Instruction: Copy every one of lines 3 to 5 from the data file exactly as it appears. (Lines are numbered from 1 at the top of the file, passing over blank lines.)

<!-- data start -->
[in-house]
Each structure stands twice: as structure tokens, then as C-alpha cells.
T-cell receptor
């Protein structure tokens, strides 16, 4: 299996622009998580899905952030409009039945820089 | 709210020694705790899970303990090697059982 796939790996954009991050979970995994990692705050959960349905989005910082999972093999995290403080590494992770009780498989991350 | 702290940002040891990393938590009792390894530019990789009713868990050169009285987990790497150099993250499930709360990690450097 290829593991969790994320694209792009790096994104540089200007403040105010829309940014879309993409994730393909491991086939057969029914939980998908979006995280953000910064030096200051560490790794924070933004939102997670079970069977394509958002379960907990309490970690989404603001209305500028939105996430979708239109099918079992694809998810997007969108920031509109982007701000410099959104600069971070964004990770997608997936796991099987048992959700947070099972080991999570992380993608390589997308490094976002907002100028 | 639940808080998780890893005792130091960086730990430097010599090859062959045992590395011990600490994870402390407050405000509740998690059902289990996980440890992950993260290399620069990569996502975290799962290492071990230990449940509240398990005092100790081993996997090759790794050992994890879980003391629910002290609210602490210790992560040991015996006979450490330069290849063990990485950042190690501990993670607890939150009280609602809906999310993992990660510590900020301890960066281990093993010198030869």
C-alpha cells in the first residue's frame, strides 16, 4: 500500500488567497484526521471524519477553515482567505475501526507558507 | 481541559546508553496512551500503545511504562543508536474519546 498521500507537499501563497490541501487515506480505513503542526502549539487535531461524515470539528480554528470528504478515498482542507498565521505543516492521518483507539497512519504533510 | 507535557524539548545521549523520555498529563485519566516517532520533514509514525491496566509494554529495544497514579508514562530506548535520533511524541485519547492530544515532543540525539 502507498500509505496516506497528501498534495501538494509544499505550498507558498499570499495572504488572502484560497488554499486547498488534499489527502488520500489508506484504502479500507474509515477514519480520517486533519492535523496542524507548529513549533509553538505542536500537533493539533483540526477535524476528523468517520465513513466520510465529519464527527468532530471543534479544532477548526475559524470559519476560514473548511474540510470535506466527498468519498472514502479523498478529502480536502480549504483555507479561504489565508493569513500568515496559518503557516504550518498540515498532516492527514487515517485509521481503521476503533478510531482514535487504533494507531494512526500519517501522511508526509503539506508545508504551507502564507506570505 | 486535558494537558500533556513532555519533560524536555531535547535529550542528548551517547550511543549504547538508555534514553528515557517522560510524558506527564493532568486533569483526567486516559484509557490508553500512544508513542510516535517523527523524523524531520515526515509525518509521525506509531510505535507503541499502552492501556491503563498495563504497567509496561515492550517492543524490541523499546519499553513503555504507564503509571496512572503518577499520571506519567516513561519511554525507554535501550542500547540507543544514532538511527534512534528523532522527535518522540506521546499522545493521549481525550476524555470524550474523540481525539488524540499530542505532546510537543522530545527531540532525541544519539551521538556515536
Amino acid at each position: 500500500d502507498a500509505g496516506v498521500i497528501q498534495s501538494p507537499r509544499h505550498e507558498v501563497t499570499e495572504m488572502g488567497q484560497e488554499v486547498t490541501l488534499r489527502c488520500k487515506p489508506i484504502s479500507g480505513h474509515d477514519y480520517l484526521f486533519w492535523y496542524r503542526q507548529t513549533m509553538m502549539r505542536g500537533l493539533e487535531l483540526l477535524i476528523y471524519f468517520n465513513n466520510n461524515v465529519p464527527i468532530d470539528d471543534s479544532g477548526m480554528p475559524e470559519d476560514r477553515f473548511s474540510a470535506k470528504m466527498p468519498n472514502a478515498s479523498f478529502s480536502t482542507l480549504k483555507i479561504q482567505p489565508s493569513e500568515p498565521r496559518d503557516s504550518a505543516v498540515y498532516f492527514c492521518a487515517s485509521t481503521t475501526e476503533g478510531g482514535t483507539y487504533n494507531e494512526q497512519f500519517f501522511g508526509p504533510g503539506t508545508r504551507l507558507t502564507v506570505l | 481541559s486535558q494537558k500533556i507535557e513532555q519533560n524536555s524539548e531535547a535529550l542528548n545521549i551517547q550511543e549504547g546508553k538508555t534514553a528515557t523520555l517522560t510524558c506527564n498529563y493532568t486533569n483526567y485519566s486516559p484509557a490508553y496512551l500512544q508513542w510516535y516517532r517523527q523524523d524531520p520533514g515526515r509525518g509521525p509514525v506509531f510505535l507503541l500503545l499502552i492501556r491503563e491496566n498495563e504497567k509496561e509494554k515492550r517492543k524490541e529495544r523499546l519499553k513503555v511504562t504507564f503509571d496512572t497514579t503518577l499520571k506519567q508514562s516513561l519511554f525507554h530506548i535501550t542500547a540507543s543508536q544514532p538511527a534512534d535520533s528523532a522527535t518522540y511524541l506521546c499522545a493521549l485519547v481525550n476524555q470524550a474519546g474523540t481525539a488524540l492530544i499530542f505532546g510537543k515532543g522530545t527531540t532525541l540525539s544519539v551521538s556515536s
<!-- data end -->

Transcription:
T-cell receptor
């Protein structure tokens, strides 16, 4: 299996622009998580899905952030409009039945820089 | 709210020694705790899970303990090697059982 796939790996954009991050979970995994990692705050959960349905989005910082999972093999995290403080590494992770009780498989991350 | 702290940002040891990393938590009792390894530019990789009713868990050169009285987990790497150099993250499930709360990690450097 290829593991969790994320694209792009790096994104540089200007403040105010829309940014879309993409994730393909491991086939057969029914939980998908979006995280953000910064030096200051560490790794924070933004939102997670079970069977394509958002379960907990309490970690989404603001209305500028939105996430979708239109099918079992694809998810997007969108920031509109982007701000410099959104600069971070964004990770997608997936796991099987048992959700947070099972080991999570992380993608390589997308490094976002907002100028 | 639940808080998780890893005792130091960086730990430097010599090859062959045992590395011990600490994870402390407050405000509740998690059902289990996980440890992950993260290399620069990569996502975290799962290492071990230990449940509240398990005092100790081993996997090759790794050992994890879980003391629910002290609210602490210790992560040991015996006979450490330069290849063990990485950042190690501990993670607890939150009280609602809906999310993992990660510590900020301890960066281990093993010198030869």
C-alpha cells in the first residue's frame, strides 16, 4: 500500500488567497484526521471524519477553515482567505475501526507558507 | 481541559546508553496512551500503545511504562543508536474519546 498521500507537499501563497490541501487515506480505513503542526502549539487535531461524515470539528480554528470528504478515498482542507498565521505543516492521518483507539497512519504533510 | 507535557524539548545521549523520555498529563485519566516517532520533514509514525491496566509494554529495544497514579508514562530506548535520533511524541485519547492530544515532543540525539 502507498500509505496516506497528501498534495501538494509544499505550498507558498499570499495572504488572502484560497488554499486547498488534499489527502488520500489508506484504502479500507474509515477514519480520517486533519492535523496542524507548529513549533509553538505542536500537533493539533483540526477535524476528523468517520465513513466520510465529519464527527468532530471543534479544532477548526475559524470559519476560514473548511474540510470535506466527498468519498472514502479523498478529502480536502480549504483555507479561504489565508493569513500568515496559518503557516504550518498540515498532516492527514487515517485509521481503521476503533478510531482514535487504533494507531494512526500519517501522511508526509503539506508545508504551507502564507506570505 | 486535558494537558500533556513532555519533560524536555531535547535529550542528548551517547550511543549504547538508555534514553528515557517522560510524558506527564493532568486533569483526567486516559484509557490508553500512544508513542510516535517523527523524523524531520515526515509525518509521525506509531510505535507503541499502552492501556491503563498495563504497567509496561515492550517492543524490541523499546519499553513503555504507564503509571496512572503518577499520571506519567516513561519511554525507554535501550542500547540507543544514532538511527534512534528523532522527535518522540506521546499522545493521549481525550476524555470524550474523540481525539488524540499530542505532546510537543522530545527531540532525541544519539551521538556515536